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Trade body wants lettings energy efficiency deadlines to be delayed

The government is being urged to delay the introduction of new energy efficiency targets in the private rental sector, with a warning that the move could see rents shoot up.

The call for a delay has come from the Residential Landlords’ Association, in response to the Public Accounts Committee inquiry into the aborted Green Deal and ECO scheme following a recent National Audit Office report.

The government’s Green Deal scheme, which offered loans and grants to landlords to fund energy efficiency improvements, was axed last year due to low take up and its ECO programme - where people on benefits access cash for improvements to their own or rented home - is being augmented with a new scheme due to come into force next year.

The RLA maintains the private rental sector is unique in being compelled to hit new energy efficiency targets, with all rental properties required to have a minimum rating of E from April 2018 onwards.  

“In our response to the government, we at the RLA have warned costs incurred by landlords in carrying out improvements are likely to be passed to the tenants via rent rises” says a statement from the association.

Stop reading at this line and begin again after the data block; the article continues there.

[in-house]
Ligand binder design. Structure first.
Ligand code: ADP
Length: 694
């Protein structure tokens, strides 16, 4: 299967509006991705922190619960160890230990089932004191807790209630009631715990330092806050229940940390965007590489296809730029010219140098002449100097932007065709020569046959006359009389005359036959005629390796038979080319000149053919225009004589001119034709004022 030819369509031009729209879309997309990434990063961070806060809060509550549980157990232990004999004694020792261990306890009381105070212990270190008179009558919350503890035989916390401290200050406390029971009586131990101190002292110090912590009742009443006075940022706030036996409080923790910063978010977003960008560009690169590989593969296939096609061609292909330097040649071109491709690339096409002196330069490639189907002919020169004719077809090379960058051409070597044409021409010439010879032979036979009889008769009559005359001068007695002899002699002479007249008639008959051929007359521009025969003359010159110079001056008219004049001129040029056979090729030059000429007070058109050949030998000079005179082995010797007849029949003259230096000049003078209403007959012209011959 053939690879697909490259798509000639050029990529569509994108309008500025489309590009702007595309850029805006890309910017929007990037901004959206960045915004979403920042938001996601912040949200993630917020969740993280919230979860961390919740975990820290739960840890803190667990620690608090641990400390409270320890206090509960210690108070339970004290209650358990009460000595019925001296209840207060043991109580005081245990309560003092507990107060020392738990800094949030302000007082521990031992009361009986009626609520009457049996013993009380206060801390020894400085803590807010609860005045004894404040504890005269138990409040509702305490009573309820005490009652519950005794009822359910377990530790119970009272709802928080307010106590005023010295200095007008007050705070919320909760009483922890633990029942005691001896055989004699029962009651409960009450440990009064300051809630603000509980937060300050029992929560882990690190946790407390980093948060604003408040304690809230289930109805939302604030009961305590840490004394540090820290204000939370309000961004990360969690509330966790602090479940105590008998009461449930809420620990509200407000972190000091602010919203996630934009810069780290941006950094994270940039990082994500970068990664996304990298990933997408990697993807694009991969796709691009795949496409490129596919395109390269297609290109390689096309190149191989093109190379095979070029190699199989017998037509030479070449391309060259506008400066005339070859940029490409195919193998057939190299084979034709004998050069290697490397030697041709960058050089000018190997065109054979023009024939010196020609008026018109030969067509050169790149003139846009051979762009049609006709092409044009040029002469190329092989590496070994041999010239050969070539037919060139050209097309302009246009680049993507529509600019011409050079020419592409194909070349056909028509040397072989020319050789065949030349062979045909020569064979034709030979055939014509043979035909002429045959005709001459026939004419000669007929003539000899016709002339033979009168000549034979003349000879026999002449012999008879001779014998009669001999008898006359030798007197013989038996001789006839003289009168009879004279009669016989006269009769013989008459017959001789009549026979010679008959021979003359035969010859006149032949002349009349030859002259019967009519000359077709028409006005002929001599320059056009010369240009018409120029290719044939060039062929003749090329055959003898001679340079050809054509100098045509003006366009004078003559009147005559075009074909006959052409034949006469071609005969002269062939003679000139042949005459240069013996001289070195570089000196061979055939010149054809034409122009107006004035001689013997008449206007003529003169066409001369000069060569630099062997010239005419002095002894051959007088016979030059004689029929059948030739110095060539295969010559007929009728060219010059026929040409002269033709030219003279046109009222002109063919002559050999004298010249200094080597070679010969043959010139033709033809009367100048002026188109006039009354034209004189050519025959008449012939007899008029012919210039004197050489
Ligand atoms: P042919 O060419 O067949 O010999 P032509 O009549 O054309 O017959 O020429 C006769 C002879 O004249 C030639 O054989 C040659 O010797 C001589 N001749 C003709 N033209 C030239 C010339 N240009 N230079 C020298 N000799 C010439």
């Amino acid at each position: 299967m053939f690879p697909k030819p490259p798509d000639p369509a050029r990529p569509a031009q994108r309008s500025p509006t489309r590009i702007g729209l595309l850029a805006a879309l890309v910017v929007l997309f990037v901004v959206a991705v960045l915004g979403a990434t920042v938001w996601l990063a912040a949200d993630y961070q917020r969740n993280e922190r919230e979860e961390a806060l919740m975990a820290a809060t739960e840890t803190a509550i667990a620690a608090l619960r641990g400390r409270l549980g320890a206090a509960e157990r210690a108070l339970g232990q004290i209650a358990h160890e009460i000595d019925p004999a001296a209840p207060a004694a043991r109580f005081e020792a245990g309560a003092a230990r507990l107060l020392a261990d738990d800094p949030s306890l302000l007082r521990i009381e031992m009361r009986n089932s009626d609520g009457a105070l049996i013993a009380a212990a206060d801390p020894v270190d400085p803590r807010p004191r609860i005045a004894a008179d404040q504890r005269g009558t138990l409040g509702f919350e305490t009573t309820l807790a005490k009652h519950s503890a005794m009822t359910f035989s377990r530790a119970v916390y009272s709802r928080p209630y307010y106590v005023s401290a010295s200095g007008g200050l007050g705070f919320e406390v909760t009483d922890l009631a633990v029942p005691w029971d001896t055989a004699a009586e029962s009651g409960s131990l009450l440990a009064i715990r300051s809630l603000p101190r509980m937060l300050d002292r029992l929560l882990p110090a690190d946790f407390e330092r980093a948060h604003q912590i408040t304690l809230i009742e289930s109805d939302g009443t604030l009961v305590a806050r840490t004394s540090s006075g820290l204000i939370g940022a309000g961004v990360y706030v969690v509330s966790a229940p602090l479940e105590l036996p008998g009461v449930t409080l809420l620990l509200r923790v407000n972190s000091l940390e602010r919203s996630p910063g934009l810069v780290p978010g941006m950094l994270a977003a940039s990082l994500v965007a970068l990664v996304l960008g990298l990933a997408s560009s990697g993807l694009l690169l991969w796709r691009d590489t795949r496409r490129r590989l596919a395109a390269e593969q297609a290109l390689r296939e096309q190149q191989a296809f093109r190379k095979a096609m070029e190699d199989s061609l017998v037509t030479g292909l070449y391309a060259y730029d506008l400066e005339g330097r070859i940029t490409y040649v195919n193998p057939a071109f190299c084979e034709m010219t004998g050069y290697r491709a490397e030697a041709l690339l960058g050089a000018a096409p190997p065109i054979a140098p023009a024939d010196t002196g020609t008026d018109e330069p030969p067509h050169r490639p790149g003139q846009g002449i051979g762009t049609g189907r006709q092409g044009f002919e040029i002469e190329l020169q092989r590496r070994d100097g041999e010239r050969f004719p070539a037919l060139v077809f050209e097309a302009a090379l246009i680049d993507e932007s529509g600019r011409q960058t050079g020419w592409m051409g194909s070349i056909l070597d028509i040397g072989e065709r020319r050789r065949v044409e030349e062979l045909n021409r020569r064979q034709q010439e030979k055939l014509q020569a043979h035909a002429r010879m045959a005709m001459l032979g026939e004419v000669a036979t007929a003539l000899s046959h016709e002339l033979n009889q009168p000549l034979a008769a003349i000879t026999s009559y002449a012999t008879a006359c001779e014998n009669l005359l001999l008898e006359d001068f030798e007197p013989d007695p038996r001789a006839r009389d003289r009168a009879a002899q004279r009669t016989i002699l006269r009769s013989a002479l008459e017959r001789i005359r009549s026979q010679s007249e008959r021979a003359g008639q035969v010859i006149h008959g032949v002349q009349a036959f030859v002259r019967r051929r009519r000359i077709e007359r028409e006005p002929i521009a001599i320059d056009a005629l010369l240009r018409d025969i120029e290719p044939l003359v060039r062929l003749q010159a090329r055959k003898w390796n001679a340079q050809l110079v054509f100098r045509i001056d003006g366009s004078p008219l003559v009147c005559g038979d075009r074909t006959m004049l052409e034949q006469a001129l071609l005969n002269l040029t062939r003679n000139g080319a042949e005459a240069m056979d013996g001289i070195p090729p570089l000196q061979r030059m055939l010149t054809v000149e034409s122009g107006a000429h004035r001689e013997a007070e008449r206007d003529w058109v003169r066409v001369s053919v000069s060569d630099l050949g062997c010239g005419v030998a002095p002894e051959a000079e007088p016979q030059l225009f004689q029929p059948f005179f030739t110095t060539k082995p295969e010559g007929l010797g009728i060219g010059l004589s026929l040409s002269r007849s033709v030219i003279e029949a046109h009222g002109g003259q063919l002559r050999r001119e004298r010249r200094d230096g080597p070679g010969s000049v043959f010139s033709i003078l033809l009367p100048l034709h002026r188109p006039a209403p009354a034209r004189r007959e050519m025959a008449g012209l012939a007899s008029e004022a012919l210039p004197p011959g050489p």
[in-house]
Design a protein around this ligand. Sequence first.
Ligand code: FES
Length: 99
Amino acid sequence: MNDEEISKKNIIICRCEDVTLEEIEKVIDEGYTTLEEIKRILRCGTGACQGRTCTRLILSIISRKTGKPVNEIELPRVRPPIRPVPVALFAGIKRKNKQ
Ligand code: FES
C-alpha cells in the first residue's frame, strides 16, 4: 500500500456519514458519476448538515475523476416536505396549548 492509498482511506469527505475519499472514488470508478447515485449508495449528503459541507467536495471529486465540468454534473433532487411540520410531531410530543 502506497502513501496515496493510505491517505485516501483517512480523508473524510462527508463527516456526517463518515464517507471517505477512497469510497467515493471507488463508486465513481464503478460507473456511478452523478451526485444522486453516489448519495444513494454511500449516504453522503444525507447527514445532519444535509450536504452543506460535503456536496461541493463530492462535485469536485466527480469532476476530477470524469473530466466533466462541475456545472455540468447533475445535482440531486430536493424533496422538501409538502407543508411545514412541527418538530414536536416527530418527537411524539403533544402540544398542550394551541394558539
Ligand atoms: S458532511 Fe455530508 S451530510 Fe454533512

It says 18 per cent of homes were built before the introduction of cavity walls in 1919 and although the landlord is required to improve the property at his or her expense it is the tenant who benefits from any savings on energy bills.

“Solid wall insulation is also an issue. This is necessary if we are to make older, harder to treat properties energy efficient.  However we believe that it is out of reach of the vast majority of landlords financially without some form of public subsidy” says the RLA.

“The government has already delayed the introduction of the register of exemptions to the legislation. We believe that the implementation of the minimum standards themselves should also be put back” it insists.

The government has recently introduced what the RLA calls “an alarming tranche of measures which are manifestly anti-landlords” including restricting mortgage interest relief to the basic rate, increased rates of stamp duty, and the loss of the wear and tear depreciation allowance for furnished lettings.

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